Tales of scarsEdited by poet Sarita Jenamani, ‘Still We Sing: Voices on Violence Against Women features poems by women from Nepal, India, Pakistan, Bangladesh and Sri Lanka.
Ongoing incidents have left the world aghast. I am not referring to the Covid-19 crisis that has wreaked havoc in the Indian subcontinent. My concern is about the never ending miseries and plight of women. No sooner had they saved Malala Yousafzai, we lost Qandeel Baloch; no sooner had they rubbed ointment on Mini’s wounds, we lost Nirbhaya; and no sooner had Rihana Sheikh Dhaphali survived after being set to fire by her husband and her in-laws, Nirmala took her last breath in a sugarcane field. These are some of the fragments of women’s sufferings in today’s global village. Women are still imprisoned in the patriarchal slaughterhouse where their bodies, minds and souls are continuously chopped and scattered. For years women have had to live with the pain and sorrow inflicted by the patriarchal society.
Despite women’s rights movements, women are still treated as subordinates and left aside by the structural power. But women have not let their hopes down; they are constantly voicing for equality, freedom and justice.
The anthology of poems Still We Sing: Voices on Violence Against Women, which was published in 2020, aptly presents this fighting spirit despite all the pain. The collection is edited by an Indian-born and Austria-based poet Sarita Jenamani. The book features poems of seventy five women poets from South Asia.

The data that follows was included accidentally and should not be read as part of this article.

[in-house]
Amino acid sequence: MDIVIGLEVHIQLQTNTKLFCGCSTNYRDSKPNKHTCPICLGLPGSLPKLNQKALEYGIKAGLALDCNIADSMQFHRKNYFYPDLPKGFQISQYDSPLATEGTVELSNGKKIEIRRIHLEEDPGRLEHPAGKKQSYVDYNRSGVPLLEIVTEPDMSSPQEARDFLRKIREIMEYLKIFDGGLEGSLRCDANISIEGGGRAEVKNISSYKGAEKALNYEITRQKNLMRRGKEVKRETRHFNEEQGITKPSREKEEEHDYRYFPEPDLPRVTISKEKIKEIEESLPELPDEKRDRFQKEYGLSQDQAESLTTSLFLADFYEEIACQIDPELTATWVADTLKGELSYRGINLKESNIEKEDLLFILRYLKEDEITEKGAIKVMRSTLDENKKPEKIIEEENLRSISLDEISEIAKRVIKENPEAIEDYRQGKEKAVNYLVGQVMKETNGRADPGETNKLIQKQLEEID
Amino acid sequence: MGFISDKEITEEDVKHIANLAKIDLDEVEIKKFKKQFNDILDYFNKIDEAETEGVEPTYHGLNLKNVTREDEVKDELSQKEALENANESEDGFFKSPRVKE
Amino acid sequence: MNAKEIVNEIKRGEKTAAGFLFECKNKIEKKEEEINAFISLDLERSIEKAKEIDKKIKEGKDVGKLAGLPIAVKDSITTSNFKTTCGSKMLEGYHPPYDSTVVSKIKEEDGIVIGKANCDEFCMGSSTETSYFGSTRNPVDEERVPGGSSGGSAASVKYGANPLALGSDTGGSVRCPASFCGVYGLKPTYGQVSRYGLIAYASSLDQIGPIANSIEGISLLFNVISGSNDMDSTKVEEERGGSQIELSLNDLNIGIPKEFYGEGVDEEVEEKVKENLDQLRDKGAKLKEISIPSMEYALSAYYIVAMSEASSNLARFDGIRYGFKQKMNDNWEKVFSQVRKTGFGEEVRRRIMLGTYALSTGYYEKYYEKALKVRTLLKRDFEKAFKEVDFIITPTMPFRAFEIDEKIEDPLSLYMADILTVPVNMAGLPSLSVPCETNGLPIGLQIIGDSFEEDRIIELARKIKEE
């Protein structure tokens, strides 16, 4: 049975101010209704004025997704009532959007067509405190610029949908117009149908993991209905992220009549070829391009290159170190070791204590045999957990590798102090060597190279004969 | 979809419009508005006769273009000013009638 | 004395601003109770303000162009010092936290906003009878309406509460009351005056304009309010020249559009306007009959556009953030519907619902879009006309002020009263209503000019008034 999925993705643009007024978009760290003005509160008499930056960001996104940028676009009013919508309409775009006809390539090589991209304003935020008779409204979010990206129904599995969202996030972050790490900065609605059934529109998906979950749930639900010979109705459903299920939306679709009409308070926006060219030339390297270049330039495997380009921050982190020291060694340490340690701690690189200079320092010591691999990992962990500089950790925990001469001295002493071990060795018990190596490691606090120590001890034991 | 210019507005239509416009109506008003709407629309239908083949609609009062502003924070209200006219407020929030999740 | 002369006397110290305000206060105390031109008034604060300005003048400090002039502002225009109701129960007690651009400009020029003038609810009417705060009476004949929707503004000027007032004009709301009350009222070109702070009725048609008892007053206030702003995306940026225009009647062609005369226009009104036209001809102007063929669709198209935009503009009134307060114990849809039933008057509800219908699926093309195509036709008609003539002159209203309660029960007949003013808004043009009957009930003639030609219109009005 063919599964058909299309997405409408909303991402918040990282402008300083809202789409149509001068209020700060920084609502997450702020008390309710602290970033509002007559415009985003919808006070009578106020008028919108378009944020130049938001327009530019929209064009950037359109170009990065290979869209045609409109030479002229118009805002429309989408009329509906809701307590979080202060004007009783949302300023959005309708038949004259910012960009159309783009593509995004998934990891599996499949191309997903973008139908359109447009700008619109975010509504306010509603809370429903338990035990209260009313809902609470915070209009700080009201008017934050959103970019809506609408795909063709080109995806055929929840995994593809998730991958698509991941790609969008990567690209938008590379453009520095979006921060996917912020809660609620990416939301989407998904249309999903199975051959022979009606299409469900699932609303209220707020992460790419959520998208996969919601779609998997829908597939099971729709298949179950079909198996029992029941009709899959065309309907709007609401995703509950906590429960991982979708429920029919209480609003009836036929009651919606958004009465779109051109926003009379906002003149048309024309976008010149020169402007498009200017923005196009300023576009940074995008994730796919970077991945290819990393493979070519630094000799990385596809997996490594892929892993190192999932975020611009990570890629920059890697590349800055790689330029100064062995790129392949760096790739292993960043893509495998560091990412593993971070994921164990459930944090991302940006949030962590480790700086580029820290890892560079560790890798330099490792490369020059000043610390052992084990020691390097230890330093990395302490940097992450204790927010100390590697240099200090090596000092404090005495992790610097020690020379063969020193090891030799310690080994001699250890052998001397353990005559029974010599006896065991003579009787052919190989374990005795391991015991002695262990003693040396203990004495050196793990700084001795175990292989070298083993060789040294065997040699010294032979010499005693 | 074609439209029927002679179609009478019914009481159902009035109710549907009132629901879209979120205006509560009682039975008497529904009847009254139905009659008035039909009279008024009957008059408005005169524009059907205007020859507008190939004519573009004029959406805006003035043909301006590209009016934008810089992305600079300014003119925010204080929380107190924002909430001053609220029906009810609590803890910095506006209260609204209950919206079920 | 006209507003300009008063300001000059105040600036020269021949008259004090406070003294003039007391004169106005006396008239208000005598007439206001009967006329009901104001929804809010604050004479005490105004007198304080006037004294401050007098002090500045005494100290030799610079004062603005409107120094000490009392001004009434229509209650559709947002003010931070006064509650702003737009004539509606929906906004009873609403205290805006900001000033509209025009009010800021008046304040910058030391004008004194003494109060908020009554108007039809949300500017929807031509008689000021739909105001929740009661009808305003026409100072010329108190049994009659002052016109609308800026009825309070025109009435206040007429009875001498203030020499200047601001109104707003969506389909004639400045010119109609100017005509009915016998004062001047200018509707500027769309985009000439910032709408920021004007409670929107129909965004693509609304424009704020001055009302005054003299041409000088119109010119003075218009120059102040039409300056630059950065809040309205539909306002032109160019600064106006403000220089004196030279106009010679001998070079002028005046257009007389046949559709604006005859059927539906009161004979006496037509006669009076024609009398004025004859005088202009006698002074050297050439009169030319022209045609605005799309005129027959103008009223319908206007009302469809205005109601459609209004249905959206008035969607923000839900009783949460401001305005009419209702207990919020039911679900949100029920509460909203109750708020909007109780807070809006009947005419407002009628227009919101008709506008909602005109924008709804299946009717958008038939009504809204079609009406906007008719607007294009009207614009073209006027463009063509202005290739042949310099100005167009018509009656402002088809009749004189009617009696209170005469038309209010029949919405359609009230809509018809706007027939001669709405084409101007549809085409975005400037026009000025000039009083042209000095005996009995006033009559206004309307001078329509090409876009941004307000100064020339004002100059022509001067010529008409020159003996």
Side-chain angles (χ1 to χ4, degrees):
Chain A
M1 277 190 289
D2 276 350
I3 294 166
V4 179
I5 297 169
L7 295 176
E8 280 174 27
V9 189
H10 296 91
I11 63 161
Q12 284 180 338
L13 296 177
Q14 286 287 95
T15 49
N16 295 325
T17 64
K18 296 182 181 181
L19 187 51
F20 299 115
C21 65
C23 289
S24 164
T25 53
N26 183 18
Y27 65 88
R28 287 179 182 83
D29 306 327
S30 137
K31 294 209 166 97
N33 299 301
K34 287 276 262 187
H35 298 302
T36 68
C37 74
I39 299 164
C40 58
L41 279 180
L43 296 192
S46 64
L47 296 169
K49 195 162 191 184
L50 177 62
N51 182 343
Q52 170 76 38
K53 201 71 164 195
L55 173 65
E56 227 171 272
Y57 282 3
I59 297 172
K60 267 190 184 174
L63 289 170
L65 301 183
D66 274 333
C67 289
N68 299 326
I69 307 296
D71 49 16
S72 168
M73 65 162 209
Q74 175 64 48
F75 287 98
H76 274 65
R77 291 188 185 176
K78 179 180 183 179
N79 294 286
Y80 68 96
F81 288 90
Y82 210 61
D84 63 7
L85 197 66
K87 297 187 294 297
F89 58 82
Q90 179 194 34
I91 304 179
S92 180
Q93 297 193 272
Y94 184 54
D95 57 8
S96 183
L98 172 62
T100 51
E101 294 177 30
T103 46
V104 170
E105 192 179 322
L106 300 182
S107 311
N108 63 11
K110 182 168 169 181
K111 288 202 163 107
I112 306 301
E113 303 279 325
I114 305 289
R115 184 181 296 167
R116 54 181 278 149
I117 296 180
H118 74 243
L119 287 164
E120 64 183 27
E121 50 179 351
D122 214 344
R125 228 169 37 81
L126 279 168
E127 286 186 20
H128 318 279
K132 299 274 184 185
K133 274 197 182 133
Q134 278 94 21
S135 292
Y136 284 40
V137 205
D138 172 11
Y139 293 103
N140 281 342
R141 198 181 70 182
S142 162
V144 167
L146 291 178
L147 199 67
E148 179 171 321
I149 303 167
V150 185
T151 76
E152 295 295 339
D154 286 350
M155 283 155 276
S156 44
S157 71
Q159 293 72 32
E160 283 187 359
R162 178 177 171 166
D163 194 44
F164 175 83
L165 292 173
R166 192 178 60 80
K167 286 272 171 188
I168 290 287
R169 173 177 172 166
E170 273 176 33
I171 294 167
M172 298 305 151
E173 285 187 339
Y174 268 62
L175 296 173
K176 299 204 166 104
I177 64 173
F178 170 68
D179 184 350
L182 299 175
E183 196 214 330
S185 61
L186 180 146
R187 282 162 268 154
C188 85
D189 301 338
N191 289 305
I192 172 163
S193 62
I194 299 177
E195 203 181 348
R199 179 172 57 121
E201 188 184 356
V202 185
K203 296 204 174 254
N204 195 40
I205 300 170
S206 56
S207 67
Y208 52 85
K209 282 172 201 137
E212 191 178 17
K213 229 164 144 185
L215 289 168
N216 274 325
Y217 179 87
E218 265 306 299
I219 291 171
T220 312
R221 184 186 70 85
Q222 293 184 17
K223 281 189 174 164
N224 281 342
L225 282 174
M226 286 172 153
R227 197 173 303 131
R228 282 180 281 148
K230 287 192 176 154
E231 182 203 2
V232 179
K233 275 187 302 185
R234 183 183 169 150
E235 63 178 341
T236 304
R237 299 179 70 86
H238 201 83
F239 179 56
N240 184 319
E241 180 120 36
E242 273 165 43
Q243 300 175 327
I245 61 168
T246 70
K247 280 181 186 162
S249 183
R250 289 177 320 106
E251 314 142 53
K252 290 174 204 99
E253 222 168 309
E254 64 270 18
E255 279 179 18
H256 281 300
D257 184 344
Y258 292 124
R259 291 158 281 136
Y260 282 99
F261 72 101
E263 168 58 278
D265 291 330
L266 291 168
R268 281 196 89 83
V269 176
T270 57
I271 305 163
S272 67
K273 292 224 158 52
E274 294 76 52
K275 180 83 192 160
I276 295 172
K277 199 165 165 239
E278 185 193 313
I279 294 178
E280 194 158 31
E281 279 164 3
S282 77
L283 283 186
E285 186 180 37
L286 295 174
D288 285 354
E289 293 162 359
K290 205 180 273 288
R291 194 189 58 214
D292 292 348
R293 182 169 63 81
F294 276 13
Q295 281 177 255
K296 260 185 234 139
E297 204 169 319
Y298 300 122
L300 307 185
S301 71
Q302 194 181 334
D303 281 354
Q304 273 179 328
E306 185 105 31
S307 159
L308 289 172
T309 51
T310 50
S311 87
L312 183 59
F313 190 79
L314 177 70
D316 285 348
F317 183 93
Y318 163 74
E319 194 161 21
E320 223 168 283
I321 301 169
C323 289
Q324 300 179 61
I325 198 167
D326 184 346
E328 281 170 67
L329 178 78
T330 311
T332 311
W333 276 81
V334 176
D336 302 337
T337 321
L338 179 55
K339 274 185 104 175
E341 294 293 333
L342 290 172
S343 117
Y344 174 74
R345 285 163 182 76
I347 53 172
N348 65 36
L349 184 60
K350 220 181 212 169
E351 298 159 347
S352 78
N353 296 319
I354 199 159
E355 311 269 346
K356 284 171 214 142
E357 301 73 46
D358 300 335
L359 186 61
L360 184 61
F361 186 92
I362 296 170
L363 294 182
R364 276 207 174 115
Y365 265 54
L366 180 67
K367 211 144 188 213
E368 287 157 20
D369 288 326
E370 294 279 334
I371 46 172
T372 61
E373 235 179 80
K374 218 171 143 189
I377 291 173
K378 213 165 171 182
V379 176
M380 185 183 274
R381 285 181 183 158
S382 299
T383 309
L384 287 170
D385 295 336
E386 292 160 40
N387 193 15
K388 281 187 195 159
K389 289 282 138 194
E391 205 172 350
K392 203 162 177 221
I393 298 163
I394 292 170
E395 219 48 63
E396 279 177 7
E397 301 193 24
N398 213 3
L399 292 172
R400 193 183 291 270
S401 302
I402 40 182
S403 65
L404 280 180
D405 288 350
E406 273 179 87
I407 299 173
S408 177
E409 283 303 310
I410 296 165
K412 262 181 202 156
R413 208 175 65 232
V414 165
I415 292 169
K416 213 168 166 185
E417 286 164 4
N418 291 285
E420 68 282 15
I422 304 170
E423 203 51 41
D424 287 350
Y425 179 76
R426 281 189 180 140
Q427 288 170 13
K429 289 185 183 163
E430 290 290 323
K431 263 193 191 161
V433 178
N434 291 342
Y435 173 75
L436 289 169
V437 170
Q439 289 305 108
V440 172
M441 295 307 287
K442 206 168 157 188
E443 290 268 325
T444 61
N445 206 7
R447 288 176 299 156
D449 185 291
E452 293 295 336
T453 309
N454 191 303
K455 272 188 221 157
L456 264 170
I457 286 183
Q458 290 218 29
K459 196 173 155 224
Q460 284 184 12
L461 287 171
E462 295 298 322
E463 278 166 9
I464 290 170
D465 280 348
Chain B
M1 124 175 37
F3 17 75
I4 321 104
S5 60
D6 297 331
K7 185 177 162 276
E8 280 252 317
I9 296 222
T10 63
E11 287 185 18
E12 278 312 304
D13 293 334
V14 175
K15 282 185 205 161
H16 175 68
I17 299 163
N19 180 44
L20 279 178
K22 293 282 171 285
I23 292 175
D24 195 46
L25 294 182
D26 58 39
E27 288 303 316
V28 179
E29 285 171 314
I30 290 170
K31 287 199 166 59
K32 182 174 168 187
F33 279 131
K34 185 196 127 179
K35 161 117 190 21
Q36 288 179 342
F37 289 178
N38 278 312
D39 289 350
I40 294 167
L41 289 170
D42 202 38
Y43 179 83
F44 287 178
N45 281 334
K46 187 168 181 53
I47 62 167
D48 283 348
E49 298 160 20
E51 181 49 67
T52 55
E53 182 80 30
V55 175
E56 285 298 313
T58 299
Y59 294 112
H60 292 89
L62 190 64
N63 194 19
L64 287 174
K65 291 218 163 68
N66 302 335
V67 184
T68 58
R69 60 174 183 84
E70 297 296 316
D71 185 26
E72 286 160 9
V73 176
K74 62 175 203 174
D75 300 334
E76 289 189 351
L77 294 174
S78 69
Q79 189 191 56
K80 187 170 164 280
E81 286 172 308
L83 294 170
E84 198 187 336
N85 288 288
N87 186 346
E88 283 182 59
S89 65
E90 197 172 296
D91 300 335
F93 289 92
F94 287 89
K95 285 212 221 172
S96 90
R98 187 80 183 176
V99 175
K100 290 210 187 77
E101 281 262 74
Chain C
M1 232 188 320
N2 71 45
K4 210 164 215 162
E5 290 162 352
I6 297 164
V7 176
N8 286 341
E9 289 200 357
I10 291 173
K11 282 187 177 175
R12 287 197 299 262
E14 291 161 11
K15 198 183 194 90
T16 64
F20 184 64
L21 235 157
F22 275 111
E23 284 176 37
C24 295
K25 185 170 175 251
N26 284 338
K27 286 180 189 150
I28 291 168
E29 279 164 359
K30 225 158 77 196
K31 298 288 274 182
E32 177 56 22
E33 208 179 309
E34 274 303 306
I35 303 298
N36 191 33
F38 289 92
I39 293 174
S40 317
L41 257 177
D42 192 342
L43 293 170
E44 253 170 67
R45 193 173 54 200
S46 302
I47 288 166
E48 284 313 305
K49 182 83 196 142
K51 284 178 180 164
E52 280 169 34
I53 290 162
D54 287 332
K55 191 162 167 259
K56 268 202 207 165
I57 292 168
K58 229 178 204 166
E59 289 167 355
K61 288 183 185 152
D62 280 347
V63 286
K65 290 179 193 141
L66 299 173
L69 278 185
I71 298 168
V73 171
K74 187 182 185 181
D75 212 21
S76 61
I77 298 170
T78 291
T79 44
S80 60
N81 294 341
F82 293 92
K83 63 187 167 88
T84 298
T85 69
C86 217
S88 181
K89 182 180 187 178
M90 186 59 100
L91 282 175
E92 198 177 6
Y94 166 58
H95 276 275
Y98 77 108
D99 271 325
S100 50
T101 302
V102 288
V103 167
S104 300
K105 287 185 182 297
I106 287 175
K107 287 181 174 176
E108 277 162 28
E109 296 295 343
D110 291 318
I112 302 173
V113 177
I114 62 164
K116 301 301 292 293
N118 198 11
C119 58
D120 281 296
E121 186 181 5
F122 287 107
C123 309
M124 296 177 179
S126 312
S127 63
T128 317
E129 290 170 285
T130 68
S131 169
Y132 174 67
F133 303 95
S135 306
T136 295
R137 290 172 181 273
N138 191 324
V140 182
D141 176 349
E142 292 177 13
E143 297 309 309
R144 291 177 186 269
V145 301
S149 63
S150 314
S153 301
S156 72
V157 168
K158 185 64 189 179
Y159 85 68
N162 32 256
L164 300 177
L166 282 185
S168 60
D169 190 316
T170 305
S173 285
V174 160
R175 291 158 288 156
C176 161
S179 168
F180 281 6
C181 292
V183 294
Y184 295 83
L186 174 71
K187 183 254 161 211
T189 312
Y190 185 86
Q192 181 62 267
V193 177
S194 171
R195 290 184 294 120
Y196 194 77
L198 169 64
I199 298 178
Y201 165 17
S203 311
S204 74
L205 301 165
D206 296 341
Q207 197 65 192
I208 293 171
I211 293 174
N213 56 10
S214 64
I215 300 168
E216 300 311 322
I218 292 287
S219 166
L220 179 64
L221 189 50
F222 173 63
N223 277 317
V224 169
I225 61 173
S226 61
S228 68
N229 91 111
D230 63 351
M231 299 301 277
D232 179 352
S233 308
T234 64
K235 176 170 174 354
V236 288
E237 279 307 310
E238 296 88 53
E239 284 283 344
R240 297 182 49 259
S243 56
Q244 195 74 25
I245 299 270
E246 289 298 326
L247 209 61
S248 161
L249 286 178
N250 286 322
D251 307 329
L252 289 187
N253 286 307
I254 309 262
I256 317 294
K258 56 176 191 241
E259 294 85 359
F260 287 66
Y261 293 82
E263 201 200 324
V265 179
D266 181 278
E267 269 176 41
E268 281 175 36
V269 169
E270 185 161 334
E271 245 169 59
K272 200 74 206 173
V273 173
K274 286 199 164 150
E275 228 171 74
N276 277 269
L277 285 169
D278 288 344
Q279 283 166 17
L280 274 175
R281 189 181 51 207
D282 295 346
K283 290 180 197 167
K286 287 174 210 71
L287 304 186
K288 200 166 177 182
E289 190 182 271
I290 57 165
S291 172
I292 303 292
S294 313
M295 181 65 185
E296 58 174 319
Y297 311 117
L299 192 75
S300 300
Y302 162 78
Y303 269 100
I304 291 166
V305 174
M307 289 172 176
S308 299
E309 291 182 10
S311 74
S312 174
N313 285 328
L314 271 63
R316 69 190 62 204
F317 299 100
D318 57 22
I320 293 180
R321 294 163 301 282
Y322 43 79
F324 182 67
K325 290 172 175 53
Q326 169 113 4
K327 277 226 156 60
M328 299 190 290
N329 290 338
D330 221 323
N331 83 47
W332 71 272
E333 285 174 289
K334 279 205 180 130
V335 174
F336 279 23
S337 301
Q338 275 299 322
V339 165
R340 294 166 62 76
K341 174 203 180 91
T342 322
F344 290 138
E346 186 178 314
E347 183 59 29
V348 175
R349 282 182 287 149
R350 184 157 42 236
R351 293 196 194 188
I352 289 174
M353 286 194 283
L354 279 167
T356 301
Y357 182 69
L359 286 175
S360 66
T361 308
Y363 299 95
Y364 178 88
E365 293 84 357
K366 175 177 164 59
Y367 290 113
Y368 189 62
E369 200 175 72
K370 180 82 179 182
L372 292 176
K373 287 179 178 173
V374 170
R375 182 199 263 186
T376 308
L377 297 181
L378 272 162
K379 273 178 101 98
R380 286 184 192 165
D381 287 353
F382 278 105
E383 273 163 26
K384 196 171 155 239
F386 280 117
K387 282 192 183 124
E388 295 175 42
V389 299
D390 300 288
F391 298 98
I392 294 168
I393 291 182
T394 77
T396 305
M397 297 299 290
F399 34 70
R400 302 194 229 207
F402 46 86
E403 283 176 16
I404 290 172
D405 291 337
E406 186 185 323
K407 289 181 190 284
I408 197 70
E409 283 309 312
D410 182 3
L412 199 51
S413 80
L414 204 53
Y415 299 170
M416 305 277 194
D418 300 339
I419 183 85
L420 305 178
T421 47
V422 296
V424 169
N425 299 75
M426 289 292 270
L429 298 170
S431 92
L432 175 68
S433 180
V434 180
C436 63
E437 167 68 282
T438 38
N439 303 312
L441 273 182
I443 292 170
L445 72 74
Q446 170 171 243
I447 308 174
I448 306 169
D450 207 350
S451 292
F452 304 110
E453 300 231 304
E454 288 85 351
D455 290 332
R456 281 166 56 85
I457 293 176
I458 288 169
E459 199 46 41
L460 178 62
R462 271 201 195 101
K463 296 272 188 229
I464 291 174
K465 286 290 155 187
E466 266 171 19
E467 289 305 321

South Asian women are connected by their similar thread of circumstances and sufferings. Until a few decades ago, it was customary for wives in the region to self-immolate at the demise of their husbands, a custom known as Sati. While Sati may be a thing of a past, setting women ablaze due to dowry is prevalent today. Female foeticide, molestation, acid attack, rape and murder, and honour killings are just as common. The poems included in Still We Sing portray the precarious situations of women in the region. Rape and murder of girls make the headlines almost every day. Women are neither safe at home nor outside. In most cases, the perpetrators in violence against women are people the victims know—friends, relatives to family members. Amidst such scenario Devrati Mitra’s poem ‘Kiki’ captures brutal rape-murder case of a girl.
The girl Kiki of Jade House was found
In the far north near the water line-…
Black bruises like fish bile on the throat,…
On her thigh not men’s caresses
Faint sores from cigarette burns
Kiki’s tortured body is just a representative one. There are many girls who have suffered her plight. The raped and murdered bodies of young girls can be found everywhere: in the woods, at the seashore or just in a bush nearby our locality. Proliferating violence against women unveils ruthlessness of our patriarchal society.
The capitalistic market and our patriarchal society has managed to commodify women and abuse them. Women are no more than flesh in today’s consumerist culture. Moreover their bodies have been used and abused as battlefields or as laboratories for experimentations. Poet Anar in her poem ‘A Woman Slaughtered’ explores the issue of women’s identity pointing towards socio-cultural understanding of their existence and bodies.
It is a battlefield,
a regular laboratory,
an everlasting treasure trove,
a permanent prison,